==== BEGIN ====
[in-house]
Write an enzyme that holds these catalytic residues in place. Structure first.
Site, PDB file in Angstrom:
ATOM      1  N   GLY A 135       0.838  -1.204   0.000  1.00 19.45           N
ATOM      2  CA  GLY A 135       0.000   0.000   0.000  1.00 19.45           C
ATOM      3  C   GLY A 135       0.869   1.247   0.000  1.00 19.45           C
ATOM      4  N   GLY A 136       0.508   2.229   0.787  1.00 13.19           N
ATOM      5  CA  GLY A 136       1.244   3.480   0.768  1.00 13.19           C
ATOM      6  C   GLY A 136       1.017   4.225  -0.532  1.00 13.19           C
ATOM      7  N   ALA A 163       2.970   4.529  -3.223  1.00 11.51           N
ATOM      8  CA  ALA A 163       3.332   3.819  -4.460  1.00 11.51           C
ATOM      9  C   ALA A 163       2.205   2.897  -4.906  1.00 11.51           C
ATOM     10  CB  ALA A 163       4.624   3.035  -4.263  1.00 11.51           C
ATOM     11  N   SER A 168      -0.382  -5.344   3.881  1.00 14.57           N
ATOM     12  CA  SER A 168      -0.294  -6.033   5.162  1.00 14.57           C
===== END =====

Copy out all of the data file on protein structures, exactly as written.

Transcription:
[in-house]
Write an enzyme that holds these catalytic residues in place. Structure first.
Site, PDB file in Angstrom:
ATOM      1  N   GLY A 135       0.838  -1.204   0.000  1.00 19.45           N
ATOM      2  CA  GLY A 135       0.000   0.000   0.000  1.00 19.45           C
ATOM      3  C   GLY A 135       0.869   1.247   0.000  1.00 19.45           C
ATOM      4  N   GLY A 136       0.508   2.229   0.787  1.00 13.19           N
ATOM      5  CA  GLY A 136       1.244   3.480   0.768  1.00 13.19           C
ATOM      6  C   GLY A 136       1.017   4.225  -0.532  1.00 13.19           C
ATOM      7  N   ALA A 163       2.970   4.529  -3.223  1.00 11.51           N
ATOM      8  CA  ALA A 163       3.332   3.819  -4.460  1.00 11.51           C
ATOM      9  C   ALA A 163       2.205   2.897  -4.906  1.00 11.51           C
ATOM     10  CB  ALA A 163       4.624   3.035  -4.263  1.00 11.51           C
ATOM     11  N   SER A 168      -0.382  -5.344   3.881  1.00 14.57           N
ATOM     12  CA  SER A 168      -0.294  -6.033   5.162  1.00 14.57           C